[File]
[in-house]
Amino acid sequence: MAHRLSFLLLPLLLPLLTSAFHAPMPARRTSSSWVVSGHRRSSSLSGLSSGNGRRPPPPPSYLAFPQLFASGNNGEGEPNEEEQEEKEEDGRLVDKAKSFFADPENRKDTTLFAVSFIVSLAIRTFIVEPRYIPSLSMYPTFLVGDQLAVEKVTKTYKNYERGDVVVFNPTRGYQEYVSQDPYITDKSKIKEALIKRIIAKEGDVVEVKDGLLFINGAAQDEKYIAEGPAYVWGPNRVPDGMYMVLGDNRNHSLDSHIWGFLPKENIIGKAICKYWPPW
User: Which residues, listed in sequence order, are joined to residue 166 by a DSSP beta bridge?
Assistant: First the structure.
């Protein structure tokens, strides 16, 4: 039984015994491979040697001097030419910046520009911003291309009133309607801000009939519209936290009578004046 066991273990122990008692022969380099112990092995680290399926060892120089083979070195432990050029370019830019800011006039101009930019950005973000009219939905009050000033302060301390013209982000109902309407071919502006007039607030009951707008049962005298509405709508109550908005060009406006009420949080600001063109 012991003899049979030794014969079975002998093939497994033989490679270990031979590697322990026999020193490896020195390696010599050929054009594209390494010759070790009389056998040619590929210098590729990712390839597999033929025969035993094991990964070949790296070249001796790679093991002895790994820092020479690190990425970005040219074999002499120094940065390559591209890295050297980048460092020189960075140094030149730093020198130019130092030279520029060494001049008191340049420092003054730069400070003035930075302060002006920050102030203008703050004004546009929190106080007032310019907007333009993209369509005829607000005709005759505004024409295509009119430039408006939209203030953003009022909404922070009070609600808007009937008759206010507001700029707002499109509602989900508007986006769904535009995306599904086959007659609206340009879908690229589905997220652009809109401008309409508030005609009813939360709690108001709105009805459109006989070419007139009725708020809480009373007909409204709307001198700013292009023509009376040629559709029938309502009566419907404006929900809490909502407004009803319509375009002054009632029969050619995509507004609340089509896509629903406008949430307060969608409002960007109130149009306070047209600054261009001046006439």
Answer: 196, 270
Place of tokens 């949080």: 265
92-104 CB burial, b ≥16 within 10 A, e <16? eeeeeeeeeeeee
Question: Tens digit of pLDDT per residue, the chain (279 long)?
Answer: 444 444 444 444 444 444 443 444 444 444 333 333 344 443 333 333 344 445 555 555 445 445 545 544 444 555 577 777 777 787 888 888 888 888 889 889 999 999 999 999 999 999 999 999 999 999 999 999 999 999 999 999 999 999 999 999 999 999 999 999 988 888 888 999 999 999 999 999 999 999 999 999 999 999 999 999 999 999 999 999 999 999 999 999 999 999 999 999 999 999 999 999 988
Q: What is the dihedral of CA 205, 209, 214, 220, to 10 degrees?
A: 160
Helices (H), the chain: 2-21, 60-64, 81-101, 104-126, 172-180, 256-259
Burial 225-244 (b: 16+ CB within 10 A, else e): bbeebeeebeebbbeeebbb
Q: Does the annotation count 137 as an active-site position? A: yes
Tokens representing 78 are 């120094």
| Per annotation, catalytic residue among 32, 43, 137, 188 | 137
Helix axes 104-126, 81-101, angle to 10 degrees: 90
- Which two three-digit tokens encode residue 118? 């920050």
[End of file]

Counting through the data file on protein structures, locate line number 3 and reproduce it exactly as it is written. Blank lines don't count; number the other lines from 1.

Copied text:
User: Which residues, listed in sequence order, are joined to residue 166 by a DSSP beta bridge?